Shiitakes: A Lot More Than 'Just a Mushroom'

Jul 6, 2017

Shiitakes drying out in the sun, gills up, absorbing vitamin D. I buy a pint to eat fresh while they're in season and dry an extra pint to use as an ingredient during the winter months.
Credit Photo by Ali Berlow

It was a surprise to discover that shiitake mushrooms are a good source of protein, good enough to replace beef even. And who ever thought of a mushroom as an animal?

Tucker Pforzheimer (left), Truman French (right) of Martha's Vineyard Mycological under their shiitake tent surrounded by fruiting logs
Credit Photo by Ali Berlow

Tucker Pforzheimer  explained that mushrooms, like animals, create their bodies from digesting other sources of food and it's actually protein.

Tucker P is co-founder along with his friend and business partner Truman French of Martha’s Vineyard Mycological. They grow shiitakes using strains from Japan and inoculating oak logs with the spawn.

Truman says “the shiitakes are taking the cellulose in the logs and converting them into a protein, much as if you eat celery, you take and convert that into animal protein, and the protein that they're converting into is chitin. Which is similar to what actually insects are doing.”

Another surprising fact:  when you put shiitakes in the sun to dry them, they tan! And they absorb all that good Vitamin D.

“ It's the same pigment that's in your skin  - melanin, and that's why the caps, they more they’re in the sun -  they get darker.

Of course they do. These mushrooms could not get any weirder. Lucky for us though, Martha’s Vineyard has the perfect medium for growing shiitakes.

“We’re fortunate on the Vineyard because it typically grows basically monoculture oak” Truman says “so if you see 95 percent of the trees here are oak varieties, and shiitakes fortuitously enough are oak mushrooms.”

In fact shiitake in Japanese literally means: oak mushroom.

If the Vineyard had large amounts of manure, which is what portabellas are grown on, Truman says they would produce those, but since there isn't a huge cattle industry here they’re using a local waste product, which in this instance is oak, and shiitakes prefer oak.

It may seem like food production in terms of rot  they see it more as utilizing underutilized waste products, which is what wood is on Martha's Vineyard. As Truman points out,  "there's no viable timber industry. So previously, anything that was being cut down was just being chipped or burned. Instead this is a nice intermediary stage where you can get some food production out of it."

It’s easy to get  all dreamy and “mystical mushroom” out at the shiitake yard. It feels like the middle of nowhere and under the forest canopy, they’ve stacked tall piles, like Lincoln logs that are in various stages of decay. The logs have been inoculated with strains of mycelium -  the fungal body- and they’ve got fantastical names: Double Jewel,  Blotchka, and Night Velvet.  And the latest is Beltane.

Tucker points out ones that look like they're coming out in little clusters, little pins called primordia.

During the summer months they’re harvesting around 40 pounds of shiitakes a day and that’ll probably keep increasing until the weather cools.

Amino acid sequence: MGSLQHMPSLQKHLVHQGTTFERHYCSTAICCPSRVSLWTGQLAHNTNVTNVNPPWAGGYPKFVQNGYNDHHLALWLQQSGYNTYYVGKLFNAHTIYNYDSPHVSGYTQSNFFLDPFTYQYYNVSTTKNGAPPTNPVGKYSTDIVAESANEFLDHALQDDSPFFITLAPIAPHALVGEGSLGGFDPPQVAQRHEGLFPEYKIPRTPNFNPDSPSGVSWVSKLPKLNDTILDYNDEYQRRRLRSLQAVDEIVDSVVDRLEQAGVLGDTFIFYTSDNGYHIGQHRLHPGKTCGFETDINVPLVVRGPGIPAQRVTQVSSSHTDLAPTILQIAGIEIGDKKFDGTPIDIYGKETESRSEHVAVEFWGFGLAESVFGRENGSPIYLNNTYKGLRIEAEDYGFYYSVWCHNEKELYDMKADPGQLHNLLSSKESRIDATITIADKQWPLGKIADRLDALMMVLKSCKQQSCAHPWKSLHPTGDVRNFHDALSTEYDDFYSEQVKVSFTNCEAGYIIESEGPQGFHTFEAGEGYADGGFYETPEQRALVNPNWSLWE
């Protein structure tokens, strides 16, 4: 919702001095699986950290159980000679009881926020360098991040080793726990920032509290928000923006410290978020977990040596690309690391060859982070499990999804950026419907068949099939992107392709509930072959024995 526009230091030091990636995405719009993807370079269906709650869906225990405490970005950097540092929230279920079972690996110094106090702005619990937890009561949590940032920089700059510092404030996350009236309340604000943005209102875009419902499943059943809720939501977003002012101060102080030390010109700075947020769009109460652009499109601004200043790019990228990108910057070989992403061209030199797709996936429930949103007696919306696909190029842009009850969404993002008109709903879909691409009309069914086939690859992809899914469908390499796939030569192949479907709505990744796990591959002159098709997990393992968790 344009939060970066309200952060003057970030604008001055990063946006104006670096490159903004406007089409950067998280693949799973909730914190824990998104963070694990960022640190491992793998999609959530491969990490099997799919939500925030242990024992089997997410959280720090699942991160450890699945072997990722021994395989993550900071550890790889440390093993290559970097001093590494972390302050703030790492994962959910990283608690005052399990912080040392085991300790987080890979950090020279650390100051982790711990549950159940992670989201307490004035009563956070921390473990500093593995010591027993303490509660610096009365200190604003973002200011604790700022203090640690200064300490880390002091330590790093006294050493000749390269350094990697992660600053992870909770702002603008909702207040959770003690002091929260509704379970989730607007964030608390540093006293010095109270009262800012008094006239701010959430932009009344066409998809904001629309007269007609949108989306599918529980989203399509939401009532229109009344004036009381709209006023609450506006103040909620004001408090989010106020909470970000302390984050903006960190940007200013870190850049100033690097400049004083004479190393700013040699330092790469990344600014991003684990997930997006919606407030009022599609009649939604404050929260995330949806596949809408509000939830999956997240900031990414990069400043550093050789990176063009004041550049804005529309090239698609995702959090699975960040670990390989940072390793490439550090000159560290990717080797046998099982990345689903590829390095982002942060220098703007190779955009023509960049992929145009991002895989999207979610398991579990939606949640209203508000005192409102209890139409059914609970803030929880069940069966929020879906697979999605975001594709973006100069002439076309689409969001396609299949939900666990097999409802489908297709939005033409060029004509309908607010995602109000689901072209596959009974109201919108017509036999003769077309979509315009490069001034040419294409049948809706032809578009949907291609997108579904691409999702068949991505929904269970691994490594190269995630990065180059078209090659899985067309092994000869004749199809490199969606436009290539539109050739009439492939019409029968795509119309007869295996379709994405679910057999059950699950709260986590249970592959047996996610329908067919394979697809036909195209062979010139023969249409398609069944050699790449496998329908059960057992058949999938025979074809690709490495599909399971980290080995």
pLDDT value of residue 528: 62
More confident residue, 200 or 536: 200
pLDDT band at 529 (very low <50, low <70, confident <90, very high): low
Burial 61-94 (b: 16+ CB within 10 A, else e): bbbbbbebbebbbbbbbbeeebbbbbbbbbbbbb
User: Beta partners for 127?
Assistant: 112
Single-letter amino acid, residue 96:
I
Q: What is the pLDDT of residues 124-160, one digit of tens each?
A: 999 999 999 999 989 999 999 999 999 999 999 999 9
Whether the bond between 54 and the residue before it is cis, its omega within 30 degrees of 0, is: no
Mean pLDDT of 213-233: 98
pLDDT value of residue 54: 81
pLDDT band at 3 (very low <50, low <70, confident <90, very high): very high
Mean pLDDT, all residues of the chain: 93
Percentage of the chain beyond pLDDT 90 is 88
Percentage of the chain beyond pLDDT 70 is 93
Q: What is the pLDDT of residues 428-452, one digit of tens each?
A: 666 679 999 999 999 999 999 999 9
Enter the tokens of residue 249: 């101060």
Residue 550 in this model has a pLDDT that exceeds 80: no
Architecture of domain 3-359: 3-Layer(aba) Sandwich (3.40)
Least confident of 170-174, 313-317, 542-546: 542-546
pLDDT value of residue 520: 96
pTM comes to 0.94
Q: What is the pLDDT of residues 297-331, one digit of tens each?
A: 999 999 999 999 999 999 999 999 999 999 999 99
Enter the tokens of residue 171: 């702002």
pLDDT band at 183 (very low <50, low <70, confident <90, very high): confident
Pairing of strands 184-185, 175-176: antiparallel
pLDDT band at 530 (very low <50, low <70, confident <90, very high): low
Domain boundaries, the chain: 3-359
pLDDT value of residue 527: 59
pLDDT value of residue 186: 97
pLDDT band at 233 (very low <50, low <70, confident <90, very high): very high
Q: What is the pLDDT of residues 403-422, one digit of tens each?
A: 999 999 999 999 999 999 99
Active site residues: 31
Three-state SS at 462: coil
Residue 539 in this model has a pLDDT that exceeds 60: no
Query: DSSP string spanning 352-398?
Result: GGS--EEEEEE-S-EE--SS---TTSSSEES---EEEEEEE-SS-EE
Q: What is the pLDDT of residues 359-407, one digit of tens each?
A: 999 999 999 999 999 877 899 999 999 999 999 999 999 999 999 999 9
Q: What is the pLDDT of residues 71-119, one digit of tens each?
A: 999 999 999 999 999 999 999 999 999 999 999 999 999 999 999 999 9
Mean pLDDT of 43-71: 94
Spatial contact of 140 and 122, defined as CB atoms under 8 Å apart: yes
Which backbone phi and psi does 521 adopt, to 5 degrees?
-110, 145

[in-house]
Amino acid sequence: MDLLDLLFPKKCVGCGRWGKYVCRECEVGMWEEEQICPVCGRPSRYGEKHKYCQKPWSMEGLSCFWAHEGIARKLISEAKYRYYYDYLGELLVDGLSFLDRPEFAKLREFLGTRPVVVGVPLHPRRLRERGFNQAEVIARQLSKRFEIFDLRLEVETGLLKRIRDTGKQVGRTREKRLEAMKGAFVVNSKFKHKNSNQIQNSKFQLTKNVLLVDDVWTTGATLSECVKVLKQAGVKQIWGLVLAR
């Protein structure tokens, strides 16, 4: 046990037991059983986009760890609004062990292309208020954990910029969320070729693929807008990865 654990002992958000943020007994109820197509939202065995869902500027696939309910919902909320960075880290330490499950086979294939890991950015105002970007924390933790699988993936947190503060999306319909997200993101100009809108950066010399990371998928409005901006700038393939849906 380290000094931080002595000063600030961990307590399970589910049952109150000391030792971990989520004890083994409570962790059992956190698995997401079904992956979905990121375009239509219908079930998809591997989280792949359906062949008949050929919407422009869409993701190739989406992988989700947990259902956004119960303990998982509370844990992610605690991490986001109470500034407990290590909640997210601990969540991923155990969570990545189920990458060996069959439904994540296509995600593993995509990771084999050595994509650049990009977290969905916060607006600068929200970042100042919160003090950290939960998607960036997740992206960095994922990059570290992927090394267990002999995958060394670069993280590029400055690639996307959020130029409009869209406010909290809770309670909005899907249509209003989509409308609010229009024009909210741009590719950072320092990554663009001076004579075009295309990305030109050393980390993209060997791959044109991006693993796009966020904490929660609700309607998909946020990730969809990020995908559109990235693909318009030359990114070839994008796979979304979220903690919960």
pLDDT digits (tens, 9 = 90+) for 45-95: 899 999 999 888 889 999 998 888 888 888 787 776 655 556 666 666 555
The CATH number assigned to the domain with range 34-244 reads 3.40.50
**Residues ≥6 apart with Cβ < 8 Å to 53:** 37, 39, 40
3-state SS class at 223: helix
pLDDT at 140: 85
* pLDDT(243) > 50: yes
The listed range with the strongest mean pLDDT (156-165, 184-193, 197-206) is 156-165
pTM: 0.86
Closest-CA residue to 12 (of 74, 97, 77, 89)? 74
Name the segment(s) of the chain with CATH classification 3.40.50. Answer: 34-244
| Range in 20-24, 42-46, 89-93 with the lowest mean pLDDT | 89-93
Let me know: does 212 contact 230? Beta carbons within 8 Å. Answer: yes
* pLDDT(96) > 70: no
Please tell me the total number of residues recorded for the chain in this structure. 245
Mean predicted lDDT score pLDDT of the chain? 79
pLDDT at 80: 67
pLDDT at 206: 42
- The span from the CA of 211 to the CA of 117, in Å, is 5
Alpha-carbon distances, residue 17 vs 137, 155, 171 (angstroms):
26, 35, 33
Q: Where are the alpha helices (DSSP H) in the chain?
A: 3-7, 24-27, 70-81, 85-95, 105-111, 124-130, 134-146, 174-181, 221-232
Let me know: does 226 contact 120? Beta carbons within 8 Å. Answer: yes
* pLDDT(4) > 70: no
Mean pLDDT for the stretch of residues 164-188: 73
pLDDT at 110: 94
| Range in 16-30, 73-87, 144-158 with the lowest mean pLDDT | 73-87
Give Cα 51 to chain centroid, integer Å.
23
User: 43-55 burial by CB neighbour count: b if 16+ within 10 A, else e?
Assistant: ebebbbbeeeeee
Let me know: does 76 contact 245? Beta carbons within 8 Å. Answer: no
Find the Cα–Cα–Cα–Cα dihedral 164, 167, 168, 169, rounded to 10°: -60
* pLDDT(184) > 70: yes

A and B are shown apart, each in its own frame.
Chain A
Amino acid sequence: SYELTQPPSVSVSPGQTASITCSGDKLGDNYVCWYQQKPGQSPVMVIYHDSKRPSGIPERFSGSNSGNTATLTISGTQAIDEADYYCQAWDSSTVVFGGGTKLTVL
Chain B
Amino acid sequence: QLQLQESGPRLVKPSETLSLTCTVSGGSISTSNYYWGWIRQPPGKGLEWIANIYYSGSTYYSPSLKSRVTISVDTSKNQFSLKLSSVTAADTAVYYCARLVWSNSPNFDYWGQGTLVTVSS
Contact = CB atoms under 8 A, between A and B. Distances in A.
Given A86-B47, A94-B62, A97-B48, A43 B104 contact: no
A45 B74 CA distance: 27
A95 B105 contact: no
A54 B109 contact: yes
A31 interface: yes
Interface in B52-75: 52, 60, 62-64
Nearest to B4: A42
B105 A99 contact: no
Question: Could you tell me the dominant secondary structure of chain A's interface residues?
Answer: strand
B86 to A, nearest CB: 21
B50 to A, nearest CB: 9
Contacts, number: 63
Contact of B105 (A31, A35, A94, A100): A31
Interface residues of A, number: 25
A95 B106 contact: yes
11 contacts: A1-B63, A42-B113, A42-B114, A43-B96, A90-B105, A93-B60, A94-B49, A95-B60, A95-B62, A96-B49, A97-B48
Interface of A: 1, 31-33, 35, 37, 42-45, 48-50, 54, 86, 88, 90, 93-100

Their shiitake “yard” is about a tenth of an acre and they're producing five to six hundred pounds of protein per week off of that. Comparing that to beef production with cattle, it would be 20 to 30 times that size.

Tucker explained how water-intensive beef is, “Not because the cows are drinking a lot of water, but because they're being fed very water intensive crops. So corn, grains, barleys, it's all being grown in a very water intensive way. And so ultimately the pound of beef that you're producing has used, about 70 times as much water as we would use here to produce a pound of mushroom protein.”

Cooking with these wild-harvested mushrooms is really familiar. Tucker sears them. “You cook them like meat, like you're tossing bacon on a skillet. Think of it like that because they're not going to give up a bunch of water. They're very dry. They're dense, and because it's protein, it browns, the edges get crispy, gets a nice sear on it, just like a really nice piece of meat.”

Truman, on the other hand prefers to drizzle them with butter or olive oil and then cook them under the broiler.

The shiitakes you find in a grocery store, the ones wrapped in plastic, they’ve been grown in temperature-controlled and artificially humidified warehouses on a sawdust medium that’s been sterilized through pasteurization.

Truman points out that this actually increases your carbon footprint by four or five times. Wild harvesting is a much more environmentally gentle way to produce mushrooms.

MV Mycological’s mission - to produce what's sensible to grow in an area and stick to things that you can do locally  -  and keep it at scale.

Tools of the trade, mushroom harvesting knives.
Credit Photo by Ali Berlow

               SHROOM CHOWDER

From Truman French of Martha's Vineyard Mycological  (you can see more photos there)
Wild Harvest ShiitakeButterPotatoOnionWhite flourWater
Half & Half
Salt and pepper
 Make a tapenade: In a food processor, puree a half stick of butter and a quart of finely chopped shiitakes for two minutes.
 Then make a roux: Mix the tapenade with the onions, the other half stick of butter, and 4 Tbs. of flour in a pot for 10 minutes. When thick, add 6 cups of water, 2 1/2 cups of diced potatoes, another quart of diced shiitakes and stir for 20 minutes.

Finish with 2 cups of half & half, salt, pepper and 10 minutes before serving.